Observational Planet Formation
Nearly every single Sun-like star in our galaxy hosts a planetary system. How planets form in gaseous protoplanetary disks surrounding newborn stars is among the most exciting and fastest growing fields in all of astrophysics. The best way to learn how planets form from observations is to directly watch them forming in disks. By definition, this is the most direct way for us to quantitatively constrain the timescale, the location, the local environment, and the statistics of planet formation. In the past, this was difficult due to a lack of observational capabilities; as such, planet formation was largely a subject of pure theoretical astrophysics. Now, thanks to a fleet of new instruments with unprecedented resolving power that have come online recently, such as ALMA, GPI, and SPHERE, we have just started to unveil features in resolve images of protoplanetary disks, such as gaps and spiral arms, that are most likely associated with embedded (unseen) planets. By comparing observations with theoretical models of planet-disk interactions, the masses and orbits of these still forming planets may be constrained. Such planets help us directly test various planet formation models. This marks the onset of a new field — observational planet formation. I will introduce the current status of the field in both observations and modeling, and highlight a few latest major advances. Biography I am the Bart Bok Fellow at Steward Observatory at the University of Arizona. Previously I was a NASA Hubble Fellow at UC Berkeley. I did my Ph.D. in astrophysics at Princeton University, and my B.S. in physics at Peking University. I work on the general topic of exoplanet; specifically, how do they form.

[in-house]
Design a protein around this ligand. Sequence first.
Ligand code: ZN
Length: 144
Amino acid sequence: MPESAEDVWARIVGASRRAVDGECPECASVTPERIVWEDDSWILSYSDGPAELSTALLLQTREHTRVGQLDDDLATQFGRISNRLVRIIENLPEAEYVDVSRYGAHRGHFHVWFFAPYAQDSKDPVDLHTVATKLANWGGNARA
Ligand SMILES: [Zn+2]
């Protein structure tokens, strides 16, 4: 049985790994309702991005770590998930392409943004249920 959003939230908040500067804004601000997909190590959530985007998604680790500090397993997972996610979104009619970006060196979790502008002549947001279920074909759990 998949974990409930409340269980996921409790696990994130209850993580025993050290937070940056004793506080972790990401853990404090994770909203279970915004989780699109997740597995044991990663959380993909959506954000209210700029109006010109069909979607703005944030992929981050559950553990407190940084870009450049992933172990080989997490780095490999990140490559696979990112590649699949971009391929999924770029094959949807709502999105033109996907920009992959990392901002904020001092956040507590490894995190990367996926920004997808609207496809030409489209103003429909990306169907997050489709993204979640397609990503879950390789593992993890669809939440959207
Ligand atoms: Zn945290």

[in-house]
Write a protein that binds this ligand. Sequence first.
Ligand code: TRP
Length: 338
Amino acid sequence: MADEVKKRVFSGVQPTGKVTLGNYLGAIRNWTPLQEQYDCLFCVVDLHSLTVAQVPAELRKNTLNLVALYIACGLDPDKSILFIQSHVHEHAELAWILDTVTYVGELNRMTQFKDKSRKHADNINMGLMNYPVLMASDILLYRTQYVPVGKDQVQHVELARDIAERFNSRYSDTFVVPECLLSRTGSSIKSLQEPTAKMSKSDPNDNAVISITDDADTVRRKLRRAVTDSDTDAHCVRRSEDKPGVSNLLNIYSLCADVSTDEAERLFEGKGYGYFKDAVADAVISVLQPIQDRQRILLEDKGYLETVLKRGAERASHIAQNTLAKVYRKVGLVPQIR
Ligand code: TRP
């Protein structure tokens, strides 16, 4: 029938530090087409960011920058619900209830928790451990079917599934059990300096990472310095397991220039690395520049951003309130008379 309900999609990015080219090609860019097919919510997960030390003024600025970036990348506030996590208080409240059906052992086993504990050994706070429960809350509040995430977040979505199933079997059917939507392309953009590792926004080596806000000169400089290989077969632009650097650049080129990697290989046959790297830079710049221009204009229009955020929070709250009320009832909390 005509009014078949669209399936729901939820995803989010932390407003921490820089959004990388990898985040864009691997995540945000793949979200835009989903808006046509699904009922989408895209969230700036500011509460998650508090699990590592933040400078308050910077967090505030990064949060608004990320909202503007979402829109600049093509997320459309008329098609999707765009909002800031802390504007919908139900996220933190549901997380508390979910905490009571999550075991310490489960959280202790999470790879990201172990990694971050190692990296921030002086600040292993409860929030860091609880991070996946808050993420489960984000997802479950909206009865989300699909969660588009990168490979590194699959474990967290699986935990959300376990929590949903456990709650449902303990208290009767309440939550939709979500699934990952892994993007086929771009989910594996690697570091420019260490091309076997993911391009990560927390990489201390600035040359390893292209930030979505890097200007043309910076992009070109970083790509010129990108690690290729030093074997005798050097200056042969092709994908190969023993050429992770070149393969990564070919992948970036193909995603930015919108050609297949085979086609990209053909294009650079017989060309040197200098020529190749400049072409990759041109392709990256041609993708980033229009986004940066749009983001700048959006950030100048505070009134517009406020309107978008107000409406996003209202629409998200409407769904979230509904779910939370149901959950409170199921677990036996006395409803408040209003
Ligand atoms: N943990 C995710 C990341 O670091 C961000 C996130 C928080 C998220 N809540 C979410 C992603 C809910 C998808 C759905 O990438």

Dr. Ruobing Dong Univ. of Arizona / Univ. of Victoria
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